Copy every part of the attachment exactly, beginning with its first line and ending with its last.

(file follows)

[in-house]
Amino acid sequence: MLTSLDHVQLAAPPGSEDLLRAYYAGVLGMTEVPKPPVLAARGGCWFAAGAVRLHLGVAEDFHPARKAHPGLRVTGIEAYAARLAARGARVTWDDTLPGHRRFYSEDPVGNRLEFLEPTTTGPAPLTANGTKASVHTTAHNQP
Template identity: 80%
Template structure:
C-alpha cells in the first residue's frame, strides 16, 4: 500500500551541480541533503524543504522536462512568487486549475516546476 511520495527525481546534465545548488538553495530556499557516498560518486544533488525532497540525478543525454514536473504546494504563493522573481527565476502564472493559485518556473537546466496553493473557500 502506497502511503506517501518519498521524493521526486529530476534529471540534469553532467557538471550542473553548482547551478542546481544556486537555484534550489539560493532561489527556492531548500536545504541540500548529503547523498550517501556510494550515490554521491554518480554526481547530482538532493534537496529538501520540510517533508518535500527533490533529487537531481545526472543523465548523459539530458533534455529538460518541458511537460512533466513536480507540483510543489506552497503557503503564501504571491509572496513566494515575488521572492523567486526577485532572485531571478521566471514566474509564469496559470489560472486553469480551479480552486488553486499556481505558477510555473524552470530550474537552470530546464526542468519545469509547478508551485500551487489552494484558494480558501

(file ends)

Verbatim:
[in-house]
Amino acid sequence: MLTSLDHVQLAAPPGSEDLLRAYYAGVLGMTEVPKPPVLAARGGCWFAAGAVRLHLGVAEDFHPARKAHPGLRVTGIEAYAARLAARGARVTWDDTLPGHRRFYSEDPVGNRLEFLEPTTTGPAPLTANGTKASVHTTAHNQP
Template identity: 80%
Template structure:
C-alpha cells in the first residue's frame, strides 16, 4: 500500500551541480541533503524543504522536462512568487486549475516546476 511520495527525481546534465545548488538553495530556499557516498560518486544533488525532497540525478543525454514536473504546494504563493522573481527565476502564472493559485518556473537546466496553493473557500 502506497502511503506517501518519498521524493521526486529530476534529471540534469553532467557538471550542473553548482547551478542546481544556486537555484534550489539560493532561489527556492531548500536545504541540500548529503547523498550517501556510494550515490554521491554518480554526481547530482538532493534537496529538501520540510517533508518535500527533490533529487537531481545526472543523465548523459539530458533534455529538460518541458511537460512533466513536480507540483510543489506552497503557503503564501504571491509572496513566494515575488521572492523567486526577485532572485531571478521566471514566474509564469496559470489560472486553469480551479480552486488553486499556481505558477510555473524552470530550474537552470530546464526542468519545469509547478508551485500551487489552494484558494480558501